It is no secret that a large current of theocracy flows through contemporary America. Less well known is that theocracy is largely informed by Bad Religion.
"Bad religionists" are readily identified by their passion for personal salvation and their equally powerful determination to condemn "The Damned." Privy to The Will of God -- just as the Lafferty brothers were informed by divine revelation that a toddler's throat needed slicing -- who better than "The Saved!" to separate the sheep from the goats?
Bad religionists are unflinchingly convinced of their personal salvation, simultaneously issuing Christian "fatwahs of damnation" by projecting their personal shadow onto "The Damned." In this way, they elevate themselves above the God-damned masses just as certain boors boost their spirits by "kicking the dog."
Clearly, salvation is for a chosen few.
Mathematician-philosopher Blaise Pascal, an exceptionally devout Christian, cut to the quick: "Men never do evil so completely and cheerfully as when they do it from religious conviction." http://en.wikipedia.org/wiki/Blaise_pascal
Legions of "Good Christians" fall under Pascal's rubric, becoming singularly dangerous people to the extent they believe themselves unimpeachably good. (See "“Are Highly Religious People Less Compassionate?” http://paxonbothhouses.blogspot.com/2012/08/are-highly-religious-people-less.html Also see "Americans, Especially Catholics, Approve Of Torture." http://www.natcath.org/NCR_Online/archives2/2006a/032406/032406h.htm)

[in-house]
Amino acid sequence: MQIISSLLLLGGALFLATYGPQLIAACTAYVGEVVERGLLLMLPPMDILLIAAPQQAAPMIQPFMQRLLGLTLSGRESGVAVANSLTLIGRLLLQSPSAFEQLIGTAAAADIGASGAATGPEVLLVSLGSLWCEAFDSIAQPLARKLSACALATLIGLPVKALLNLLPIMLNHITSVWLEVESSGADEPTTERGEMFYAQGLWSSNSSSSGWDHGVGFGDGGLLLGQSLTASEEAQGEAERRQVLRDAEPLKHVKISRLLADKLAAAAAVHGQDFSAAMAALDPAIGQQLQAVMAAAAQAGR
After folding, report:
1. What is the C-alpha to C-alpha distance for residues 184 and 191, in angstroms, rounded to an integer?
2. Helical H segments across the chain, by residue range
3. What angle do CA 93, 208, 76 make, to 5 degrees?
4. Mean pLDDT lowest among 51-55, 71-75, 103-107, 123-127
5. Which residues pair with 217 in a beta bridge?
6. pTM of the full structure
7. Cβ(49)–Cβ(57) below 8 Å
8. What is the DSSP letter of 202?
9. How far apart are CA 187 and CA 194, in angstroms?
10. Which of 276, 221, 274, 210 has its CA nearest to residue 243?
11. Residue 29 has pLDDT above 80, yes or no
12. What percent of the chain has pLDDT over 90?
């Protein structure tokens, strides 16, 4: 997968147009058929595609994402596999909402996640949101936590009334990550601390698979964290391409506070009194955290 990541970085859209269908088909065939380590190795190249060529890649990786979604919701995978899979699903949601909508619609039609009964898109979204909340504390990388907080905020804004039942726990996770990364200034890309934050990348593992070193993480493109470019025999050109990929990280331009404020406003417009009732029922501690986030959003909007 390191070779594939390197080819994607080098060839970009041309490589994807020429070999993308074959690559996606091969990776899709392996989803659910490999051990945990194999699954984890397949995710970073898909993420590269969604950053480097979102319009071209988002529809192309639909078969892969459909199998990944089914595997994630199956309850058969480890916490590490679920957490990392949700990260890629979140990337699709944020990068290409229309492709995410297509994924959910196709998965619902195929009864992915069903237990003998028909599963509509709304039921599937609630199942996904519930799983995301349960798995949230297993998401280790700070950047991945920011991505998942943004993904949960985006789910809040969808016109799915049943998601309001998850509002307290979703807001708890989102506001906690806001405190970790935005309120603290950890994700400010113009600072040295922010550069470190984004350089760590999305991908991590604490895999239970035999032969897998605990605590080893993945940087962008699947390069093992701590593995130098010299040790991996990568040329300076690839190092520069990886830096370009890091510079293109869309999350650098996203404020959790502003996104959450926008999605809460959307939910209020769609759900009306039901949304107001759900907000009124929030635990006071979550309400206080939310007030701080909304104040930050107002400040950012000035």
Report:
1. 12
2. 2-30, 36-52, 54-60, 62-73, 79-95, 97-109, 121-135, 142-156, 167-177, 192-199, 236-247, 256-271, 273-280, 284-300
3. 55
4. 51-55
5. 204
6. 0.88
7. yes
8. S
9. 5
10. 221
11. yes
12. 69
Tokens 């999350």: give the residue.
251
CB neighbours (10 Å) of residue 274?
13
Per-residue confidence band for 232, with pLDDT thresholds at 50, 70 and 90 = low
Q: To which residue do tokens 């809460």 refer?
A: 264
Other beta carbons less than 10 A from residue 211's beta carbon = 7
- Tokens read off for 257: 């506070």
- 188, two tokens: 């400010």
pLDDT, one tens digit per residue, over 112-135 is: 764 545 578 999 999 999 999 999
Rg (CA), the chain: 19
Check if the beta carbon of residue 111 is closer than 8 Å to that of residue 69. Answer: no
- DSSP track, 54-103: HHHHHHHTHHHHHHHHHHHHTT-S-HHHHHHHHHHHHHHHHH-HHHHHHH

America will not resolve its current cultural crisis until bible-banging "conservatives" undergo metanoia -- or return to the woodwork from which they recently emerged. (Prior to Roe v. Wade, most bangers considered national politics too tawdry for personal involvement: rendering anything to Caesar would besmirch their souls.)
An lesson in need of learning:
Courage is the ability to live with ambiguity.
And cowardice imposes "perfect" absolutism as the only acceptable norm.
"The terrible thing about our time is precisely the ease with which theories can be put into practice. The more perfect, the more idealistic the theories, the more dreadful is their realization. We are at last beginning to rediscover what perhaps men knew better in very ancient times, in primitive times before utopias were thought of: that liberty is bound up with imperfection, and that limitations, imperfections, errors are not only unavoidable but also salutary. The best is not the ideal. Where what is theoretically best is imposed on everyone as the norm, then there is no longer any room even to be good. The best, imposed as a norm, becomes evil.” Conjectures of a Guilty Bystander by Thomas Merton, Catholic priest and Trappist monk - http://paxonbothhouses.
blogspot.com/2012/12/thomas- merton-quotations.html ///
Pax on both houses,
Americans have used handguns to kill one million Americans since 1968.
Mario Cuomo rightly observed that the United States -- over time -- has been the most violent culture in the history of the world.
Shoot your enemies.
Or, if you're old-fashioned...
Nah. Shoot 'em.
On Fri, Jan 18, 2013 at 8:23 AM, CC wrote:
Are undocumented people leaving for similar reasons?